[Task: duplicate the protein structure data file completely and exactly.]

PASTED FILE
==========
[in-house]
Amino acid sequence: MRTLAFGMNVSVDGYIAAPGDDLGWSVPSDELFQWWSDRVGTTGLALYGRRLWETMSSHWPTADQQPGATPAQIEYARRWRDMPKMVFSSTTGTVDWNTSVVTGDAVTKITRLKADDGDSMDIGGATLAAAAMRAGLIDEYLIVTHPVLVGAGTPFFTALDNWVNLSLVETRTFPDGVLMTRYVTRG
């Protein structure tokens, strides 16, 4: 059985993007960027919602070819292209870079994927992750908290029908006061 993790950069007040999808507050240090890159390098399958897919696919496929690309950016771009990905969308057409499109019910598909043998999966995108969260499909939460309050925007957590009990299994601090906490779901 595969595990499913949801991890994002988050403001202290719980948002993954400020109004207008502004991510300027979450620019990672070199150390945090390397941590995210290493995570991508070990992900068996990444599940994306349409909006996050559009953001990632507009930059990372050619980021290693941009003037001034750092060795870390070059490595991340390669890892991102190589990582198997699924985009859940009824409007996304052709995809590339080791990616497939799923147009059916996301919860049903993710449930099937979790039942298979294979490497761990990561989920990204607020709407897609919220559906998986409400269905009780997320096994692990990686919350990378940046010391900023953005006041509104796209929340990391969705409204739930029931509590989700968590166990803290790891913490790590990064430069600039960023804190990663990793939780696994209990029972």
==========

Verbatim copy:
[in-house]
Amino acid sequence: MRTLAFGMNVSVDGYIAAPGDDLGWSVPSDELFQWWSDRVGTTGLALYGRRLWETMSSHWPTADQQPGATPAQIEYARRWRDMPKMVFSSTTGTVDWNTSVVTGDAVTKITRLKADDGDSMDIGGATLAAAAMRAGLIDEYLIVTHPVLVGAGTPFFTALDNWVNLSLVETRTFPDGVLMTRYVTRG
């Protein structure tokens, strides 16, 4: 059985993007960027919602070819292209870079994927992750908290029908006061 993790950069007040999808507050240090890159390098399958897919696919496929690309950016771009990905969308057409499109019910598909043998999966995108969260499909939460309050925007957590009990299994601090906490779901 595969595990499913949801991890994002988050403001202290719980948002993954400020109004207008502004991510300027979450620019990672070199150390945090390397941590995210290493995570991508070990992900068996990444599940994306349409909006996050559009953001990632507009930059990372050619980021290693941009003037001034750092060795870390070059490595991340390669890892991102190589990582198997699924985009859940009824409007996304052709995809590339080791990616497939799923147009059916996301919860049903993710449930099937979790039942298979294979490497761990990561989920990204607020709407897609919220559906998986409400269905009780997320096994692990990686919350990378940046010391900023953005006041509104796209929340990391969705409204739930029931509590989700968590166990803290790891913490790590990064430069600039960023804190990663990793939780696994209990029972």